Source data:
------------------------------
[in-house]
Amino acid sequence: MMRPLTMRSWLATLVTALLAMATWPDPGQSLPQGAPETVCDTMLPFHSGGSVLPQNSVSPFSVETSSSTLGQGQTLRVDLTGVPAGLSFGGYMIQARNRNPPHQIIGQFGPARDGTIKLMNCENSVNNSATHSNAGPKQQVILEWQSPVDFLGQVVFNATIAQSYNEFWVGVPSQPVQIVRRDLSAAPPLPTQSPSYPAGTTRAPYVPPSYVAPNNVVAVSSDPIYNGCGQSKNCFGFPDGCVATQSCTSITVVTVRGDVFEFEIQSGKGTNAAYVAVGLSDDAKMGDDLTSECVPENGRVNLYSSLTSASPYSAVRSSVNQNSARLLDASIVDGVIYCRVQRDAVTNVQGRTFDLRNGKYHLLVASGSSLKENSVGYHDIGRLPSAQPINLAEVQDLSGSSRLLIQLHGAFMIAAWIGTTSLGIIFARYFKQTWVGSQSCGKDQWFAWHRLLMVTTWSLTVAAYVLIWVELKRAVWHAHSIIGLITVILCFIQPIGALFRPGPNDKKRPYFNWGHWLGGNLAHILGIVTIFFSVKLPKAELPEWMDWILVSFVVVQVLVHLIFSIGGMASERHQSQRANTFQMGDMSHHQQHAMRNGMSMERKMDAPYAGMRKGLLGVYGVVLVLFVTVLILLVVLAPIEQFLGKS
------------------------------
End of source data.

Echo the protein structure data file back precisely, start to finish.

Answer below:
[in-house]
Amino acid sequence: MMRPLTMRSWLATLVTALLAMATWPDPGQSLPQGAPETVCDTMLPFHSGGSVLPQNSVSPFSVETSSSTLGQGQTLRVDLTGVPAGLSFGGYMIQARNRNPPHQIIGQFGPARDGTIKLMNCENSVNNSATHSNAGPKQQVILEWQSPVDFLGQVVFNATIAQSYNEFWVGVPSQPVQIVRRDLSAAPPLPTQSPSYPAGTTRAPYVPPSYVAPNNVVAVSSDPIYNGCGQSKNCFGFPDGCVATQSCTSITVVTVRGDVFEFEIQSGKGTNAAYVAVGLSDDAKMGDDLTSECVPENGRVNLYSSLTSASPYSAVRSSVNQNSARLLDASIVDGVIYCRVQRDAVTNVQGRTFDLRNGKYHLLVASGSSLKENSVGYHDIGRLPSAQPINLAEVQDLSGSSRLLIQLHGAFMIAAWIGTTSLGIIFARYFKQTWVGSQSCGKDQWFAWHRLLMVTTWSLTVAAYVLIWVELKRAVWHAHSIIGLITVILCFIQPIGALFRPGPNDKKRPYFNWGHWLGGNLAHILGIVTIFFSVKLPKAELPEWMDWILVSFVVVQVLVHLIFSIGGMASERHQSQRANTFQMGDMSHHQQHAMRNGMSMERKMDAPYAGMRKGLLGVYGVVLVLFVTVLILLVVLAPIEQFLGKS